Before my Nozin came, I started to rethink things. What if I had to spray stuff in my nose? That's pretty gross. Actually, doubly gross for me, since I had an aunt growing up that was constantly spraying crap up her nose. That's not exactly fluffy kittens and unicorns for most kids. So when the Nozin came, I opened it and found...ta dah! Swabs. How great is that? And not only swabs, but swabs that come in a neat case, streamlined enough to fit into a wallet, if you are so inclined.
The theory behind the Nozin is this. By swabbing the area (your nose) right where germs enter to infect us, you're reducing your risk of contracting an illness. It's not always feasible to wash your hands as often as you need to, and Nozin works for hours at a time. It's not an antibiotic, so you're not helping create the next super resistant germ, but it does contain plant extracts with an anti-virucidal quality.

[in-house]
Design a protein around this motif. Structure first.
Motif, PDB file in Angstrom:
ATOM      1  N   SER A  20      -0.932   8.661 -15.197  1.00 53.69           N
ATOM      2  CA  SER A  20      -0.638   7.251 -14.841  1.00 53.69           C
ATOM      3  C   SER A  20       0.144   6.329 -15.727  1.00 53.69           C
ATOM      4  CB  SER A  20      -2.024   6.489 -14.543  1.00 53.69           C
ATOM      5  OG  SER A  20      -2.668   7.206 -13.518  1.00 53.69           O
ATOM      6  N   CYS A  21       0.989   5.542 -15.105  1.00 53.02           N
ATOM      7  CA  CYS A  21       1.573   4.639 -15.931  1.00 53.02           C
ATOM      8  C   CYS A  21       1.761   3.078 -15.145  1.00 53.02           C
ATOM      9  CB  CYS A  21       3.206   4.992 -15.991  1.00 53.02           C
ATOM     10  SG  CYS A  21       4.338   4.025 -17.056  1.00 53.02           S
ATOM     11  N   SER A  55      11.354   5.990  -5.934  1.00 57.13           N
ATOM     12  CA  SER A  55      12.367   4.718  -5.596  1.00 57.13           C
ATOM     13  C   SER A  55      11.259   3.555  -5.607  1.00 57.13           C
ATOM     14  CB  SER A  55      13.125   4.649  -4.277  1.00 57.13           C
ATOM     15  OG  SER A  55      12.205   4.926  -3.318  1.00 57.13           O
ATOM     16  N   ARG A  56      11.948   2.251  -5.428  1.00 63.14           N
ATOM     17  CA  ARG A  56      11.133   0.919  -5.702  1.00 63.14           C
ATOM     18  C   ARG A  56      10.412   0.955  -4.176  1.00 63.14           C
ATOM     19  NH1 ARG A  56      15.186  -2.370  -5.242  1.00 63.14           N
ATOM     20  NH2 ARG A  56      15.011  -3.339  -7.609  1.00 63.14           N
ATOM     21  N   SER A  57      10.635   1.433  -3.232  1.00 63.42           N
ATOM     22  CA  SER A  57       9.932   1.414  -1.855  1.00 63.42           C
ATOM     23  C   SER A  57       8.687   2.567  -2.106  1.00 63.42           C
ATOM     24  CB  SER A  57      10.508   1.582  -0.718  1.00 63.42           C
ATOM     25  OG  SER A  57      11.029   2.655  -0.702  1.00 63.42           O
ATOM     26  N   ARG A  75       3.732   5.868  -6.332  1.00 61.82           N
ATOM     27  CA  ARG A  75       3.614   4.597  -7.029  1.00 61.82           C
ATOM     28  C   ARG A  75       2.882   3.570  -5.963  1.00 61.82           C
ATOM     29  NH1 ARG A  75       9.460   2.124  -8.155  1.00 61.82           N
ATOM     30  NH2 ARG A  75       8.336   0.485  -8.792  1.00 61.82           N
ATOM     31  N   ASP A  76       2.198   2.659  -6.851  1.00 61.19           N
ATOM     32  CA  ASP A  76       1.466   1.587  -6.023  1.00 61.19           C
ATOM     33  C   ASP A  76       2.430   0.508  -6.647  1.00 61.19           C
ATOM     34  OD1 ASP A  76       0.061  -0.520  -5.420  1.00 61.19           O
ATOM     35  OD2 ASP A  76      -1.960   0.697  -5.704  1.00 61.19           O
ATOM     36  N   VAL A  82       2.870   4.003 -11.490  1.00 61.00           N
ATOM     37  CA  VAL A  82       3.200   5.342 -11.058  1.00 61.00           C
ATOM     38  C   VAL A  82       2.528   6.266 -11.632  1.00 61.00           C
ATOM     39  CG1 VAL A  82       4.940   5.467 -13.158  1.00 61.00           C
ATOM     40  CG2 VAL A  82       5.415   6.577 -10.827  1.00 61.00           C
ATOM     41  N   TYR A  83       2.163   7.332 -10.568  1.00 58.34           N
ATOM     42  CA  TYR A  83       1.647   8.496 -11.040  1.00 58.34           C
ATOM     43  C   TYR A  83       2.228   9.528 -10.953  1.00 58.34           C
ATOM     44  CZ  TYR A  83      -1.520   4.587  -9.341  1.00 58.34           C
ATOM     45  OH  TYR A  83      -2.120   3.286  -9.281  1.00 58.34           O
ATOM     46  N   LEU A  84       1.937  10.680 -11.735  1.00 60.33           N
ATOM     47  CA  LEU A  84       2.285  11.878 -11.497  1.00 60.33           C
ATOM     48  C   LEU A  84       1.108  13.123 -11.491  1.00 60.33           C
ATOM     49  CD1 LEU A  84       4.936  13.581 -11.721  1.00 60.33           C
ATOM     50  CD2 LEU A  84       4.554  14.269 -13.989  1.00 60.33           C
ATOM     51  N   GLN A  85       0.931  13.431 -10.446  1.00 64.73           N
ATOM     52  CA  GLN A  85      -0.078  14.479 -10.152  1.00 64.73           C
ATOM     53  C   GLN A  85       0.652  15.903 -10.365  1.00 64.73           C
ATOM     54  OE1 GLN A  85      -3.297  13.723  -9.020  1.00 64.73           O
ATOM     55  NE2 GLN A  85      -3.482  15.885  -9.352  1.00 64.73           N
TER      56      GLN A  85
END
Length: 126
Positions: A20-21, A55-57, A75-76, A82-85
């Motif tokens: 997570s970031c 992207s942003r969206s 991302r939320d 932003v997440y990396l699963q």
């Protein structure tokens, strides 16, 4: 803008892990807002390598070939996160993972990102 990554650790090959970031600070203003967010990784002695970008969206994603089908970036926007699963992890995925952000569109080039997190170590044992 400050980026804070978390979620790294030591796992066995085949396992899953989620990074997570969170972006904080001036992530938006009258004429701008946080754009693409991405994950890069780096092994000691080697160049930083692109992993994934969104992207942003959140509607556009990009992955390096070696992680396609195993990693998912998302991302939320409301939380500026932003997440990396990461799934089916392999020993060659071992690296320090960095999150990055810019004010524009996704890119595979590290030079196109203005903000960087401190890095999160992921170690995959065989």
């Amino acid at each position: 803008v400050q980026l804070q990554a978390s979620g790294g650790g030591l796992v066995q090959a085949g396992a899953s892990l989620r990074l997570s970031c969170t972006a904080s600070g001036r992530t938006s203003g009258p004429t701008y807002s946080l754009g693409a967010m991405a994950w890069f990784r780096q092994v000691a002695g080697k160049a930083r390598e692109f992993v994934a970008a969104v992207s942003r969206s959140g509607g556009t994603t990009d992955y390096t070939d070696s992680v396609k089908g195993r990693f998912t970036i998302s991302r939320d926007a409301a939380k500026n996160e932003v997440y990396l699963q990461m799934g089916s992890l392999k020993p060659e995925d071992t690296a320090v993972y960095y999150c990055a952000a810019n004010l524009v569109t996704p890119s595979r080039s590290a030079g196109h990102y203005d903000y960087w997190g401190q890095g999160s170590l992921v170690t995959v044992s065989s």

So. I did not spray, but I did lightly swab in and around my nostril. Then I headed to the gym, which is a petri dish with treadmills. Between the humid locker rooms, the nursery full of kids, and the closed quarters of the cardio rooms, I'm sure that place is a candy store to the folks over at the CDC. Obviously I can't say if it prevented an illness, but it did prevent one thing. Instead of taking in the awesome corn chip essence of the ladies locker room, I smelled only a nice orange scent. Now that's worth the price of admission right there.
Wednesday, June 27, 2007